Lead a Breakthrough Dialogue In 3 Simple Steps

When hostage negotiators say “Let’s put emotions aside.”…

Not only is having conversations important for our well-being, it can help us achieve growth in our relationships and careers.

As part of the inaugural SkillsFuture Festival Executive Series @ WeWork co-organised by Emergenetics Asia Pacific and Lifelong Learning Institute, the Director of Wei Forward Tan Hong Wee, shared with us how we can lead a conversation to motivate, counsel, coaching or brainstorm in various contexts. These simple and applicable tips will help you engage, connect with and influence others effectively through dialogue. 

What is a breakthrough dialogue?
Hong Wee established the definition of a breakthrough dialogue as one that has “3 As”: 

  1. Awareness of the situation
  2. Acceptance of responsibility
  3. Action is committed to be taken

To successfully achieve a breakthrough dialogue, both parties have to understand the thought process of each other, trust each other’s intentions, and practise active listening.

There are 3 basic steps that we can take to lead a breakthrough dialogue:

Hong Wee asked that we watch this short video clip – It’s not about the nail.
How did the man eventually connect with the woman? He did not have to solve her problem – he showed that he listened and understood her pain.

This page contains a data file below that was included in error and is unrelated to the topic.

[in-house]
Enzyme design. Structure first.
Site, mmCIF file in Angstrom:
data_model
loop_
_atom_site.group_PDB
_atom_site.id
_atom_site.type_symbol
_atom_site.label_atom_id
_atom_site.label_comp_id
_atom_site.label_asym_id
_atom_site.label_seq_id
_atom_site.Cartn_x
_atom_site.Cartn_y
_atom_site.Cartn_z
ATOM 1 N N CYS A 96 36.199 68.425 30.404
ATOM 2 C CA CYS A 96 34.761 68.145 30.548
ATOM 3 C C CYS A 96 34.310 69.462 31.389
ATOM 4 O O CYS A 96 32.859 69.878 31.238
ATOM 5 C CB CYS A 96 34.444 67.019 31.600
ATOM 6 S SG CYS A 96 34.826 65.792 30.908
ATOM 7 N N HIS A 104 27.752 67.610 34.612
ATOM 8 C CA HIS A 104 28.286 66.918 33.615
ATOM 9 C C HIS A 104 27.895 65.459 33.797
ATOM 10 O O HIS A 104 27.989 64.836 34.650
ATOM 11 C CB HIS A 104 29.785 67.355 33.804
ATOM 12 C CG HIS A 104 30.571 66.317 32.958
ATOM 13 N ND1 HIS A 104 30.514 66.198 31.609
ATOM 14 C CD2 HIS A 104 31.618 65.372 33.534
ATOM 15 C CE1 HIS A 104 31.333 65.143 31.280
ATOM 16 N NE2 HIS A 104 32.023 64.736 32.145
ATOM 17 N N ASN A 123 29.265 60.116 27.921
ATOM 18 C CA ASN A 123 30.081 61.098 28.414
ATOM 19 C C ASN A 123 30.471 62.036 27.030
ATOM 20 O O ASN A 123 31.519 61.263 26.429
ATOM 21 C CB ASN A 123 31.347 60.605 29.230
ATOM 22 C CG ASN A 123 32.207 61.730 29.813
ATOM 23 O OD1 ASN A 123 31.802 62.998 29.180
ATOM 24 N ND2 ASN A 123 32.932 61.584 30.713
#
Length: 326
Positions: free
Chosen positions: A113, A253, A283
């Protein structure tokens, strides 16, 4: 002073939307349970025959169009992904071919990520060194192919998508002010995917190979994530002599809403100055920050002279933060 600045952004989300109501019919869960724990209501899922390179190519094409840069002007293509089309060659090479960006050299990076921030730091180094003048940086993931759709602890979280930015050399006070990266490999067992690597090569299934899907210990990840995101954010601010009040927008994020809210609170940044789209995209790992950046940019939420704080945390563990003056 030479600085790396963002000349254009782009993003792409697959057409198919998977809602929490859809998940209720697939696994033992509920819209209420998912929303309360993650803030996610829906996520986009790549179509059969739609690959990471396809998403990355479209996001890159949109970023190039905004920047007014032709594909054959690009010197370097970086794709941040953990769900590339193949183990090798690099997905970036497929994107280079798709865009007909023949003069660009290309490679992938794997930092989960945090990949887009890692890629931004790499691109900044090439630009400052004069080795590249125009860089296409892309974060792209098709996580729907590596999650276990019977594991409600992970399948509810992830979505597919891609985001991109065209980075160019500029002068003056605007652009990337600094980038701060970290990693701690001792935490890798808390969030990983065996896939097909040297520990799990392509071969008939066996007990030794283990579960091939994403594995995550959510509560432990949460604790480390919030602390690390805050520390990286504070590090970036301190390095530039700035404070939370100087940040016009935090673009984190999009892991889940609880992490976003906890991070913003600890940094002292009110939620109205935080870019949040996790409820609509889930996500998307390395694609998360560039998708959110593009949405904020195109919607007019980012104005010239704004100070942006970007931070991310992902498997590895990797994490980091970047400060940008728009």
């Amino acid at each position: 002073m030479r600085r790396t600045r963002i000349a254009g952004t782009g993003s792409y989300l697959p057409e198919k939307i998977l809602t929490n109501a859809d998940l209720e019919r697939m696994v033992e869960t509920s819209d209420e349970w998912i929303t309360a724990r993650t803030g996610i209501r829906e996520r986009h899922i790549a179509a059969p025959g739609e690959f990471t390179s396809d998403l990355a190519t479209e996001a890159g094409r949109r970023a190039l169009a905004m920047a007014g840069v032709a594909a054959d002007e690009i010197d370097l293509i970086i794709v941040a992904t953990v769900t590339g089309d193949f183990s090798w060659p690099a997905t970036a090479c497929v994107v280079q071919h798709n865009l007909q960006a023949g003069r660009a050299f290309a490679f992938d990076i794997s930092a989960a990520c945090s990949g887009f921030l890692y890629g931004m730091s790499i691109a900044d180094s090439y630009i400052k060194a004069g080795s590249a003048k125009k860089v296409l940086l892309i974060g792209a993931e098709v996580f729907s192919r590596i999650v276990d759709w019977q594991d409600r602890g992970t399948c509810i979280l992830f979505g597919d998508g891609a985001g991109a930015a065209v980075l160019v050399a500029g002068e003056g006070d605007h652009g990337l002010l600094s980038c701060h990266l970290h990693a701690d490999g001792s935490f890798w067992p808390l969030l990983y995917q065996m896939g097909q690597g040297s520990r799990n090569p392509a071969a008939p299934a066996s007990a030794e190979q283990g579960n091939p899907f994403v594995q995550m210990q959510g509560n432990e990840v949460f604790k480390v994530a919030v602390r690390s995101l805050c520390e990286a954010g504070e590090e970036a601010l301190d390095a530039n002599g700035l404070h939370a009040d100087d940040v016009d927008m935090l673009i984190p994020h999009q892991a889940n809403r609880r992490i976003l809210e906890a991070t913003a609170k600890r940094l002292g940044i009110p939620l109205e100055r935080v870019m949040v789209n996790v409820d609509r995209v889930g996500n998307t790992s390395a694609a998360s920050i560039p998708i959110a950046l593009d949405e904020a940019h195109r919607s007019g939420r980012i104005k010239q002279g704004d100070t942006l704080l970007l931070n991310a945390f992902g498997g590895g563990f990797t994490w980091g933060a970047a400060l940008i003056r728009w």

When it comes to connecting, Hong Wee outlined that it is important to:

  • Acknowledge the emotion – help the other party identify the emotion, even if you are unable to pinpoint the exact emotion, but show that effort is put in in identifying it.
  • Share similar experience – keep your sharing to 30 seconds to avoid hijacking the conversation
  • Complete the emotion – ask “What can we do about it?”

Hong Wee also shared that sometimes, hostage negotiators say: “Let’s put emotions aside.” Do they really mean to disregard emotions of the hostage taker? Hong Wee suggested that while the hostage negotiators may say this, they don’t mean it. In fact, hostage negotiators constantly tap on the criminals’ emotions in order to influence them to do the right thing at the critical moment. Tapping on emotions is key when working towards having a breakthrough dialogue.

Do we understand what mental model he/she is taking into our dialogue? Are we clear about what own mental models and prejudices are as we enter into a dialogue?